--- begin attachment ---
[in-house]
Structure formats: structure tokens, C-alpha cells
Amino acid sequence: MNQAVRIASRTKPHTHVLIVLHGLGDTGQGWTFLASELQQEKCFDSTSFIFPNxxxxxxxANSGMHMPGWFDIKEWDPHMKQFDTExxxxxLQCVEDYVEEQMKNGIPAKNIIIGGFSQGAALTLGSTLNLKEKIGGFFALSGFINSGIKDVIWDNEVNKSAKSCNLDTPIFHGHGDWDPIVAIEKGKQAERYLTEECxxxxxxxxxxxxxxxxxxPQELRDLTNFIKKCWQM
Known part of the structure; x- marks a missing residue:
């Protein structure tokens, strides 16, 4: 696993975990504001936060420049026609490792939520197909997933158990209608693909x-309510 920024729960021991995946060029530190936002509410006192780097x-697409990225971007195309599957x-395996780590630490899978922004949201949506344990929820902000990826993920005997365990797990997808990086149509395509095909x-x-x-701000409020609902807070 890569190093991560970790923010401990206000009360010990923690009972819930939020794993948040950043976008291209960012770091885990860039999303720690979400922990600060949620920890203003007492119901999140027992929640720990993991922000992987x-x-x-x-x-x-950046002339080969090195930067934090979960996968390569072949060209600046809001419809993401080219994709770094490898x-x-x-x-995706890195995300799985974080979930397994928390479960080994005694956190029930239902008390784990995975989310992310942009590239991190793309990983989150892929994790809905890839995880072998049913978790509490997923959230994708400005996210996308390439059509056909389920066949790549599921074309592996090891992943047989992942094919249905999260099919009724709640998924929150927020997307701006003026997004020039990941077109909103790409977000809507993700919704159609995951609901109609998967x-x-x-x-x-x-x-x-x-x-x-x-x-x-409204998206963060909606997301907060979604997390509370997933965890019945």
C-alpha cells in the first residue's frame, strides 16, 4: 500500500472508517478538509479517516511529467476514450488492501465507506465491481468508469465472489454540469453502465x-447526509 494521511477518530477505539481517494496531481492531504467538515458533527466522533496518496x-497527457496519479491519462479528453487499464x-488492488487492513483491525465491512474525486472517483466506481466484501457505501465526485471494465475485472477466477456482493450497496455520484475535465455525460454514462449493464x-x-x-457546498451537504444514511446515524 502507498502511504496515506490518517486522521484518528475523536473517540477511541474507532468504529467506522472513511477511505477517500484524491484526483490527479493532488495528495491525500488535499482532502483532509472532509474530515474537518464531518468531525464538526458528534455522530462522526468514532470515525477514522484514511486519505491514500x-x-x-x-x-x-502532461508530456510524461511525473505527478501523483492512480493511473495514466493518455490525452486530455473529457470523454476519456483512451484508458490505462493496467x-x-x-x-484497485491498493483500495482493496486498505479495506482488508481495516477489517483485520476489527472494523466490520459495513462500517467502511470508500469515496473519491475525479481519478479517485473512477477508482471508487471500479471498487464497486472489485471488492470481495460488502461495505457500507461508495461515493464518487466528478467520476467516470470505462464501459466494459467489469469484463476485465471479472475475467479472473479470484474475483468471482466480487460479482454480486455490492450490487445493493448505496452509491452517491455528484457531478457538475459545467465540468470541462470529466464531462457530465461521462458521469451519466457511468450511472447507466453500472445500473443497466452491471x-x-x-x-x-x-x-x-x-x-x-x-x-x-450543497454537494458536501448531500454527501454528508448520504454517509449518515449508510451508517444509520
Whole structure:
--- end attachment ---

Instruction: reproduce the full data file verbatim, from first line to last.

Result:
[in-house]
Structure formats: structure tokens, C-alpha cells
Amino acid sequence: MNQAVRIASRTKPHTHVLIVLHGLGDTGQGWTFLASELQQEKCFDSTSFIFPNxxxxxxxANSGMHMPGWFDIKEWDPHMKQFDTExxxxxLQCVEDYVEEQMKNGIPAKNIIIGGFSQGAALTLGSTLNLKEKIGGFFALSGFINSGIKDVIWDNEVNKSAKSCNLDTPIFHGHGDWDPIVAIEKGKQAERYLTEECxxxxxxxxxxxxxxxxxxPQELRDLTNFIKKCWQM
Known part of the structure; x- marks a missing residue:
């Protein structure tokens, strides 16, 4: 696993975990504001936060420049026609490792939520197909997933158990209608693909x-309510 920024729960021991995946060029530190936002509410006192780097x-697409990225971007195309599957x-395996780590630490899978922004949201949506344990929820902000990826993920005997365990797990997808990086149509395509095909x-x-x-701000409020609902807070 890569190093991560970790923010401990206000009360010990923690009972819930939020794993948040950043976008291209960012770091885990860039999303720690979400922990600060949620920890203003007492119901999140027992929640720990993991922000992987x-x-x-x-x-x-950046002339080969090195930067934090979960996968390569072949060209600046809001419809993401080219994709770094490898x-x-x-x-995706890195995300799985974080979930397994928390479960080994005694956190029930239902008390784990995975989310992310942009590239991190793309990983989150892929994790809905890839995880072998049913978790509490997923959230994708400005996210996308390439059509056909389920066949790549599921074309592996090891992943047989992942094919249905999260099919009724709640998924929150927020997307701006003026997004020039990941077109909103790409977000809507993700919704159609995951609901109609998967x-x-x-x-x-x-x-x-x-x-x-x-x-x-409204998206963060909606997301907060979604997390509370997933965890019945």
C-alpha cells in the first residue's frame, strides 16, 4: 500500500472508517478538509479517516511529467476514450488492501465507506465491481468508469465472489454540469453502465x-447526509 494521511477518530477505539481517494496531481492531504467538515458533527466522533496518496x-497527457496519479491519462479528453487499464x-488492488487492513483491525465491512474525486472517483466506481466484501457505501465526485471494465475485472477466477456482493450497496455520484475535465455525460454514462449493464x-x-x-457546498451537504444514511446515524 502507498502511504496515506490518517486522521484518528475523536473517540477511541474507532468504529467506522472513511477511505477517500484524491484526483490527479493532488495528495491525500488535499482532502483532509472532509474530515474537518464531518468531525464538526458528534455522530462522526468514532470515525477514522484514511486519505491514500x-x-x-x-x-x-502532461508530456510524461511525473505527478501523483492512480493511473495514466493518455490525452486530455473529457470523454476519456483512451484508458490505462493496467x-x-x-x-484497485491498493483500495482493496486498505479495506482488508481495516477489517483485520476489527472494523466490520459495513462500517467502511470508500469515496473519491475525479481519478479517485473512477477508482471508487471500479471498487464497486472489485471488492470481495460488502461495505457500507461508495461515493464518487466528478467520476467516470470505462464501459466494459467489469469484463476485465471479472475475467479472473479470484474475483468471482466480487460479482454480486455490492450490487445493493448505496452509491452517491455528484457531478457538475459545467465540468470541462470529466464531462457530465461521462458521469451519466457511468450511472447507466453500472445500473443497466452491471x-x-x-x-x-x-x-x-x-x-x-x-x-x-450543497454537494458536501448531500454527501454528508448520504454517509449518515449508510451508517444509520
Whole structure: